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Which links are you specifically referring to?
In the FAQ....Do not remember exactly and so hit a bunch but not all of them, when looking before I hit two and both came up bad so I figured it was related to the problems with the server change and that all were bad... but no not all are bad, but I got tired of checking.

This was a side trip because of the "spar failure" thread, ......

HBA - Graphlite structural bending
Fiberglass - discussion of different weaves
HBA - Laminating resin and resin prices
HBA - Composite fuel tanks and ethanol
HBA - Orion gives a good overview of available literature and their strong and weaker points

Online - R&G handbook of composites, excellent start (German and English)
Online - NIAR - AGATE material properties database
 

proppastie

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They're all older than that tie the forum software was updated, so all the links back to HBA forum posts are broken. All the external links are fine, I think.
in the interest of improvement, I could go though all of them, I can not fix them, At least two pointed out post 10 are external links. Do you need me to check them all?.....and there is a whole lot of data lost as regards to broken links with the software update.....is there a fix?
 

pictsidhe

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in the interest of improvement, I could go though all of them, I can not fix them, At least two pointed out post 10 are external links. Do you need me to check them all?.....and there is a whole lot of data lost as regards to broken links with the software update.....is there a fix?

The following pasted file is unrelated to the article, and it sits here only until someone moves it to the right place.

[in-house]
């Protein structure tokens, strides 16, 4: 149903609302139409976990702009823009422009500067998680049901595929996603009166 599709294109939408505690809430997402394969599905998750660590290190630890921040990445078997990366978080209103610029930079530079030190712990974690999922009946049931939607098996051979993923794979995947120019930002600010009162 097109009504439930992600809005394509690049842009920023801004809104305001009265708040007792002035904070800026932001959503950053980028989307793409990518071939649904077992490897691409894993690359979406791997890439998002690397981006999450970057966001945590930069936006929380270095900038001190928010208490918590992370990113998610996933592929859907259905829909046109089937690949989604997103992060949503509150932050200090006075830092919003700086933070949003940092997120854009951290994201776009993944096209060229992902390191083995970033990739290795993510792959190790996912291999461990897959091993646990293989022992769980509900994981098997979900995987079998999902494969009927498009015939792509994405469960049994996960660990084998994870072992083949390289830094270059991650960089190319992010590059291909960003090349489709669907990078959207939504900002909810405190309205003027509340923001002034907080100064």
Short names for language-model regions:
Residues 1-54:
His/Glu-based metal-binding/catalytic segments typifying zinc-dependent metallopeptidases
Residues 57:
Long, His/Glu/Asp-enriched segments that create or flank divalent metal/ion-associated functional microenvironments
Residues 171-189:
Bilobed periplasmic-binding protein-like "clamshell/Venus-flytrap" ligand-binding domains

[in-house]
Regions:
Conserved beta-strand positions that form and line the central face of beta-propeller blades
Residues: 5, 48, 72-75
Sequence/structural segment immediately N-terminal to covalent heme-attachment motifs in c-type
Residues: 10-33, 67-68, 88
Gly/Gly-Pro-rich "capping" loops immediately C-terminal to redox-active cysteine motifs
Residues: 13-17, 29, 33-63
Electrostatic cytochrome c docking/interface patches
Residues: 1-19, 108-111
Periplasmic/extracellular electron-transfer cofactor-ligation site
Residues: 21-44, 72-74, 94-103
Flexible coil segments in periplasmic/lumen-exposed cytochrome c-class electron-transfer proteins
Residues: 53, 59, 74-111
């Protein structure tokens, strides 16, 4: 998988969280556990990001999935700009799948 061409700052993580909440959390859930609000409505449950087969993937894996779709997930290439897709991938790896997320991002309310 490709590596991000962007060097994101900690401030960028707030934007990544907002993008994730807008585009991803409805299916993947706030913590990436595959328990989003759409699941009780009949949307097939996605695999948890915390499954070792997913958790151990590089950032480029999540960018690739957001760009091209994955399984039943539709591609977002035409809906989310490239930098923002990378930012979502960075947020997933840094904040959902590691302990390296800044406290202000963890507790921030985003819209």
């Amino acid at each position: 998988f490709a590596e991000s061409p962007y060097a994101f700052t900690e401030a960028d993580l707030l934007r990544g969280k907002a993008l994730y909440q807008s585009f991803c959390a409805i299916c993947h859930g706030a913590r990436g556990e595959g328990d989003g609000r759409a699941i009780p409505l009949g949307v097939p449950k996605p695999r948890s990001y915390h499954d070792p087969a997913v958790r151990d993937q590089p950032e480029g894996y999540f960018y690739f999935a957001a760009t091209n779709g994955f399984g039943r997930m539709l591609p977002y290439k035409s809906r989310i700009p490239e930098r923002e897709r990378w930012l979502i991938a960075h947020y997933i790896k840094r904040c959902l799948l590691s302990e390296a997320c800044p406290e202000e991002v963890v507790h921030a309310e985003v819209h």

Admin could theoretically find and replace links. It would be really good if they would. Nothing us users can do, other than petition admin to fix it.
 

autoreply

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lr27

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Uni being only twice as strong as bid seems a bit odd. Bid fibers are all bent to get around each other. Depending on the quality of the layup, and the type of cross stitching, uni can be fairly straight. OTOH, if you use multiple layers of that kind of uni held together with little strips of glue, it's less stiff than you'd expect because the fibers zigzag a bit. I don't know the numbers, but my guess is that the strength of uni layups in compression varies greatly depending on how straight you can keep the fibers.

autoreply:
I'm guessing your 300/600 figures are in megaPascals? (43500/87000 psi)
 

proppastie